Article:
What Led to the Need for the LLC?
Unlike most of the common business entities that exist today, the LLC has a fairly brief history in the United States. Entities such as partnerships, sole proprietorships and corporations have existed since the founding of the country. The LLC, however, has only existed in a recognizable form for roughly thirty-five years. What, then, led to the creation of this new entity? The single most important reason for the creation of the LLC was what has come to be known as "the tax-shield conundrum."
This was a problem created from two interests that traditionally have been in competition with one another. On the one side is the tax issue. More often than not, it is best for a business to be treated as a partnership for tax purposes. This is because the IRS allows the profits from the business, then, to be taxed to the owner or owners of the business. Incorporation is often less desirable from a tax viewpoint because the corporation is treated as an artificial individual. This means that the corporation will be taxed itself for any profits made and then stockholders will also be taxed on any dividends paid to them. The desire to avoid this double taxation provides one half of "the tax-shield conundrum"; the other is the desire to be shielded from liability.
While both partnerships and sole proprietorships provide important tax benefits, they also carry what can be a serious down side. In each case, the owner or owners of the business are personally liable for the obligations of the business. This can include everything from debts incurred in starting the business, to payroll, to lawsuits, and beyond. Corporations, however, do not share this trait of personal liability for the owners. A corporation is legally deemed to be an entity unto itself and as such, any liability incurred by the corporation will not generally pass on to the owners. This desire to be shielded from personal liability is what creates the second half of "the tax-shield conundrum."
There was a great desire in the business community, especially the small business community, to have a business entity that could address both of these needs simultaneously.
The LLC is Born
The Kintner Regulations were the IRS' method for determining what a business entity should be taxed as, partnership or corporation. These regulations determined the taxation of a business entity by looking to a set of four factors. These factors were: (i) limited liability; (ii) continuity of life; (iii) free transferability of ownership; and (iv) centralized management. The IRS compared these four factors to the features of any given business in order to determine tax liability. The IRS held that in order to be considered a corporation, the entity in question must meet at least three of the four factors. By making limited liability simply one of a number of possible features of a corporate entity, the IRS had given states a tool to answer the tax-shield conundrum. With this system in place it was only a matter of time until one of the states exploited this weakness.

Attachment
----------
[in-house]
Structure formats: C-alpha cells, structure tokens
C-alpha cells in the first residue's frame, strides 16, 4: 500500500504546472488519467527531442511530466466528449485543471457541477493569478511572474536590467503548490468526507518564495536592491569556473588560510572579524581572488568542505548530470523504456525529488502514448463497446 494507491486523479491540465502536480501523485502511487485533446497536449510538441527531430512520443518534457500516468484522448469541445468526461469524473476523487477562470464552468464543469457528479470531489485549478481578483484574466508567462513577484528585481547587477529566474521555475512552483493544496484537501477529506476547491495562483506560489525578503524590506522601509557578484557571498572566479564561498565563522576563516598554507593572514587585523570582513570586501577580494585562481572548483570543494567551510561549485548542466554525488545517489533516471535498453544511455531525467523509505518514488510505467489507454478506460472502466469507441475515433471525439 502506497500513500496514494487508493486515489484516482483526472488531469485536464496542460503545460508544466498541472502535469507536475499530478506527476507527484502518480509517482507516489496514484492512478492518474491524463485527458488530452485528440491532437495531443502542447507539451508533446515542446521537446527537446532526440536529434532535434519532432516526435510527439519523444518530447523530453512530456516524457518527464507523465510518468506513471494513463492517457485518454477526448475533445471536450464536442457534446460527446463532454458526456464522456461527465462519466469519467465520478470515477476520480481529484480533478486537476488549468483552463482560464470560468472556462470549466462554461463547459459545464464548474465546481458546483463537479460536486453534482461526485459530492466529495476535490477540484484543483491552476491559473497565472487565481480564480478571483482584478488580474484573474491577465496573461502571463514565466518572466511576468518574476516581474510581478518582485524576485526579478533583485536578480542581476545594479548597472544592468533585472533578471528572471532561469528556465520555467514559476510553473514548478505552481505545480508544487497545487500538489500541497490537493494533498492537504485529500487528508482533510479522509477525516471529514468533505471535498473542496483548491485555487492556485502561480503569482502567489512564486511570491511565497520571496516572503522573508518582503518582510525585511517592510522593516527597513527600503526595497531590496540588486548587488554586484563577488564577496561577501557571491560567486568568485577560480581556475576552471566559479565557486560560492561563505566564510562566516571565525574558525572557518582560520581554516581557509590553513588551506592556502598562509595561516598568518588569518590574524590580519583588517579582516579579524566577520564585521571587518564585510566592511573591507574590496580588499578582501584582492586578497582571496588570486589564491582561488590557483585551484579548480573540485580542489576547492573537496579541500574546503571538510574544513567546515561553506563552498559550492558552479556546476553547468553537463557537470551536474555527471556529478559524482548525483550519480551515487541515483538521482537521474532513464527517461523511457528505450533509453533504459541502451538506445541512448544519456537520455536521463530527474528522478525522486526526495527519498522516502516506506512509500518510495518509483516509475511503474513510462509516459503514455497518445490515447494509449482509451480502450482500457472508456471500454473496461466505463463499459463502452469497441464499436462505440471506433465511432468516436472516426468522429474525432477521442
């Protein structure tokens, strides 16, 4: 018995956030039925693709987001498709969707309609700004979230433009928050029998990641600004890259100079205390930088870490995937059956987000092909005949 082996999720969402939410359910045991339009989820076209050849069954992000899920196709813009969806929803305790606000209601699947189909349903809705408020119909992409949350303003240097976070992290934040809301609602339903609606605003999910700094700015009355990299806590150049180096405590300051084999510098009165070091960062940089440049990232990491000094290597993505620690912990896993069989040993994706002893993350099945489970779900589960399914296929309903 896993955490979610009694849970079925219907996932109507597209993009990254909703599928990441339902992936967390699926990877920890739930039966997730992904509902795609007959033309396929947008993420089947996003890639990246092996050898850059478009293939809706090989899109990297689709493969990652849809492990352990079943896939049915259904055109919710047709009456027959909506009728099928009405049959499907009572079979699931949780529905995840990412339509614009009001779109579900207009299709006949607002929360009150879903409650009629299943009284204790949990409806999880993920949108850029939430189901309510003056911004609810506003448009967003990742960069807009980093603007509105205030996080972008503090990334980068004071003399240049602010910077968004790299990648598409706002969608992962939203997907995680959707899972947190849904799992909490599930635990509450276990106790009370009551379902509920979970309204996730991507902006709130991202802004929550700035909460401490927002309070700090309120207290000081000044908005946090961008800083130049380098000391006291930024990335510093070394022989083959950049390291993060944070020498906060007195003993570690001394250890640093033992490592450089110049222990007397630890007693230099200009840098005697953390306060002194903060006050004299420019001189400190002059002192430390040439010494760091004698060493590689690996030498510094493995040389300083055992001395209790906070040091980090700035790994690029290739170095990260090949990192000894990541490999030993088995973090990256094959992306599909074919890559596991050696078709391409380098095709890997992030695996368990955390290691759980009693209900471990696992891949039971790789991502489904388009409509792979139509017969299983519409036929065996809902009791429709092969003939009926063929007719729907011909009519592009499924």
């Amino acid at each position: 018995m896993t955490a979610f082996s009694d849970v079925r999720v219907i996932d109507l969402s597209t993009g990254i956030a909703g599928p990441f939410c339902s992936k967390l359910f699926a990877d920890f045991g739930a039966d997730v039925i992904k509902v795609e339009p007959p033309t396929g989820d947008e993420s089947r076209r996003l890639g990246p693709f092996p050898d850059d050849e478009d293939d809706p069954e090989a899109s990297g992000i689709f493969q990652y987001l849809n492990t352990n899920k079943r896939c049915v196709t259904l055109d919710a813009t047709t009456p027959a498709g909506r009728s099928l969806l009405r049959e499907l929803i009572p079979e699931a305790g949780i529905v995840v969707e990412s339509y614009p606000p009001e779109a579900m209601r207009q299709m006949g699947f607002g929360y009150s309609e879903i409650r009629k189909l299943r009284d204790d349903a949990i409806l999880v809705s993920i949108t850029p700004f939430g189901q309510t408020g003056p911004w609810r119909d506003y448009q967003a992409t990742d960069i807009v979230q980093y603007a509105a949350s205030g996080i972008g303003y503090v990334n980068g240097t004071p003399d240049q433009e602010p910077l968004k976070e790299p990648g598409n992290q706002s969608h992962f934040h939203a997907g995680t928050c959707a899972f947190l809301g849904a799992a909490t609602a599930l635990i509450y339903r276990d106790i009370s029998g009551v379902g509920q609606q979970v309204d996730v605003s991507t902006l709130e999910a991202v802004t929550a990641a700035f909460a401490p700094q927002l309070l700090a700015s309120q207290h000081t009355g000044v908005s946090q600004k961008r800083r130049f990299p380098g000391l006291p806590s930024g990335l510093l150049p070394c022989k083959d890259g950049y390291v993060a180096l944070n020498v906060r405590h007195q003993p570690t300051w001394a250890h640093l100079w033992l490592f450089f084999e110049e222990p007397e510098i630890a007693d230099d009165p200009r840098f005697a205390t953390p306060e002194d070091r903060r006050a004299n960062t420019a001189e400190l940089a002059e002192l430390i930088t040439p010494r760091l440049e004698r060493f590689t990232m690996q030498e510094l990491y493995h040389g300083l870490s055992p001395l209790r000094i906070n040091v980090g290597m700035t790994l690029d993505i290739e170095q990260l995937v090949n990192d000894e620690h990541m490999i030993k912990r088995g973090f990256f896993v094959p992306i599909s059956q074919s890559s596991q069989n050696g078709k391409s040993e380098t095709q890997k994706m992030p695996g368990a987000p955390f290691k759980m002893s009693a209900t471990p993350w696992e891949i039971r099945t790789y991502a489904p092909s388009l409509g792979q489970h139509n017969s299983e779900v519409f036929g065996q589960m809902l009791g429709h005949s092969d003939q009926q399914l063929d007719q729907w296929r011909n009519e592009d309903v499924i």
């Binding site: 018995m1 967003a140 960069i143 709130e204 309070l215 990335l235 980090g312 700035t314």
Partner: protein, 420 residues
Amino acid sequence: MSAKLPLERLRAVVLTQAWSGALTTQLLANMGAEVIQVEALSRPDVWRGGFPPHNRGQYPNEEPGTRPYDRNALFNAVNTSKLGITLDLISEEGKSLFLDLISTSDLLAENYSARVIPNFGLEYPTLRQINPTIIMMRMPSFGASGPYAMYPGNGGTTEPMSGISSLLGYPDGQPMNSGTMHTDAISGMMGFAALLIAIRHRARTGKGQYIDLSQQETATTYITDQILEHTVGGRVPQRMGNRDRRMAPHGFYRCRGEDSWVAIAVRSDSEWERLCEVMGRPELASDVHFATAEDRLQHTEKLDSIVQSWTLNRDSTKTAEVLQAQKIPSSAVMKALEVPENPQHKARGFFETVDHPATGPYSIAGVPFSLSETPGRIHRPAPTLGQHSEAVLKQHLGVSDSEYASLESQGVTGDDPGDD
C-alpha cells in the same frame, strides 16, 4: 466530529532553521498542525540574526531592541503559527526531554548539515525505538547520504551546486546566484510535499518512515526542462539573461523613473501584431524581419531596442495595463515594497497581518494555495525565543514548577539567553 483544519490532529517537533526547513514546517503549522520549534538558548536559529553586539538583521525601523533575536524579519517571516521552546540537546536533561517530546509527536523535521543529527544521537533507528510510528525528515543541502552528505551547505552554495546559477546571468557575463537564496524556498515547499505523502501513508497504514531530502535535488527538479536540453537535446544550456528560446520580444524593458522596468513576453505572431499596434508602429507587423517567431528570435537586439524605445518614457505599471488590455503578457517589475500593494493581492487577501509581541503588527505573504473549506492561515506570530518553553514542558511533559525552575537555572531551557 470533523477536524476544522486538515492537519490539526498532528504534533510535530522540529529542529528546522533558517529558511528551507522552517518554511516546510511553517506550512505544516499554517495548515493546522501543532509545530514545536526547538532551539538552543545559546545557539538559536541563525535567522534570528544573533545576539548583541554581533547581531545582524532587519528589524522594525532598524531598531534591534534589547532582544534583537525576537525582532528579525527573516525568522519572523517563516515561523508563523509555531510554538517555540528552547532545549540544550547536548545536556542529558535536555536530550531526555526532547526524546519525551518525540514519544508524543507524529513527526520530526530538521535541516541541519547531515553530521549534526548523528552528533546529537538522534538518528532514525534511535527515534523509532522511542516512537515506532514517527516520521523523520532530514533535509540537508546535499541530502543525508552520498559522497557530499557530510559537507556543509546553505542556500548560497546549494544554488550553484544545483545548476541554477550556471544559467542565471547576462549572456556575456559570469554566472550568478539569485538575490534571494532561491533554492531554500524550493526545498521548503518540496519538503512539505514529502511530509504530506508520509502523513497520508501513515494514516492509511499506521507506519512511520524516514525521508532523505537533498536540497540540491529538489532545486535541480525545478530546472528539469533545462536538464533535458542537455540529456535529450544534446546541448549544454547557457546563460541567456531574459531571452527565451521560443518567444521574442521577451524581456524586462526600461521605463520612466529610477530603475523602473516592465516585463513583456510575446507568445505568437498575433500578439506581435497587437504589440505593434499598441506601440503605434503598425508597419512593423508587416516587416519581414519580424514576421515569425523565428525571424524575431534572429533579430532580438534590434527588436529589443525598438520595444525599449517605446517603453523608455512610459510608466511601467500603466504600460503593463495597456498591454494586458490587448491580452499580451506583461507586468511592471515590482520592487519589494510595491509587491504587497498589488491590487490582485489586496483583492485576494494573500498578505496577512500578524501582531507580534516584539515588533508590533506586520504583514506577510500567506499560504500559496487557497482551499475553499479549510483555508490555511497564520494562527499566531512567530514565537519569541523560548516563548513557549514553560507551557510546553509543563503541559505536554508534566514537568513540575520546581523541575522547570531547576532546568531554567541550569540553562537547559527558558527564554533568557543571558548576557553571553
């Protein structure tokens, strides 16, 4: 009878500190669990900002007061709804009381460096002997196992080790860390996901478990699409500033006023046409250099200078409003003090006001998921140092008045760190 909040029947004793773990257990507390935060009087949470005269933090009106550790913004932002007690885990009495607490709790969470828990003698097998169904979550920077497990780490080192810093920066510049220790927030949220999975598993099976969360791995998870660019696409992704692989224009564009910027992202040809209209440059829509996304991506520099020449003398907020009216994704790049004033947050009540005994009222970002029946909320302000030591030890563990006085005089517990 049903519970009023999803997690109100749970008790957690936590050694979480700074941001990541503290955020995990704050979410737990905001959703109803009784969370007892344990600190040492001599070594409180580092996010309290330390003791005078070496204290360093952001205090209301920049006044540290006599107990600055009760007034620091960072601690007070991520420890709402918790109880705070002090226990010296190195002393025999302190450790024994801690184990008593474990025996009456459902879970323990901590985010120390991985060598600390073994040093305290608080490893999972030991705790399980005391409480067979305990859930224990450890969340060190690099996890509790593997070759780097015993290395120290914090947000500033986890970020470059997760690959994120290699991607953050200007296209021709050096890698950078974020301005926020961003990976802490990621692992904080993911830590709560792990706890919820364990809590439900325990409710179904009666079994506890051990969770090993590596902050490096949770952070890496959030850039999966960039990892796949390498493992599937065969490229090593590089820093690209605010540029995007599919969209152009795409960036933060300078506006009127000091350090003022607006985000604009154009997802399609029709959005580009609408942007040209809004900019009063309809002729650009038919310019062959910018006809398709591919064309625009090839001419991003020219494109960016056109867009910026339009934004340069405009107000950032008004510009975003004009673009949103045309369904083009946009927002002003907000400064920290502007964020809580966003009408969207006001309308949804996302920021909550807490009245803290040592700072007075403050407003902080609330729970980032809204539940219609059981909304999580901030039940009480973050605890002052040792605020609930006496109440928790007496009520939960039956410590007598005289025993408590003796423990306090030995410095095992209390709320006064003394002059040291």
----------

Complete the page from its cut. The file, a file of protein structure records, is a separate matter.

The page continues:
It was finally in 1977 that Wyoming took the first step to create the modern LLC. The Wyoming legislature became the first to take advantage of the weakness that was hiding within the Kintner Regulations and passed The Wyoming LLC Act. This act created a new form of business entity that had the liability shield innate to a corporation while maintaining the management, continuity and transferability of the partnership. The Wyoming legislature gambled that an entity that failed three of the four factors in the Kintner Regulations would be passed over by the IRS. Wyoming would not get its answer for ten years.
Apart from the likes of Florida, which copied Wyoming's LLC statute in 1982, most states held off from created an LLC statute of their own until the IRS decided to finally weigh in. It wasn’t until 1987, ten years after Wyoming’s statute, that the IRS finally made a decision on how this new entity would be treated. In Revenue Procedure 88-76 the IRS finally classified this new entity as a partnership for tax purposes. With the IRS now having given its blessing, legislatures across the nation were quick to enact laws of their own which would create LLCs.
Given the basis of these early LLCs as a reaction to the IRS' regulations, it should come as little surprise that there are great differences between those early LLCs and their modern incarnation. While there was much diversity in the specifics of the various LLC legislation, there were similarities due to their birth as a reaction to an arcane set of IRS regulations. These new LLCs tended to have more in common with partnerships than more modern LLCs do. Early on LLCs tended to be only member managed, have dissolution upon the dissociation of a member and strict limits on the transferability of membership. All of these traits were due to the nature of the early LLC as a reaction to avoiding the hammer that the Kintner Regulations could bring down. Over time LLCs saw an increase in diversity as it became clear that the IRS would not strictly enforce the Kintner Regulations on these new entities.
This came to a head in 1997, when the IRS officially did away with the Kintner Regulations in favor of a "check-the-box" tax classification. Under this new classification a business that was organized under a corporate or joint stock statute would be taxed as a corporation while all else would be taxed as a partnership unless stated otherwise. This, in large part, was the final piece of the puzzle. By finally unchaining the LLC from the archaic Kintner Regulations, the IRS allowed the LLC to move far further from its roots in partnership law, bringing it to the partnership-corporate hybrid that we see today.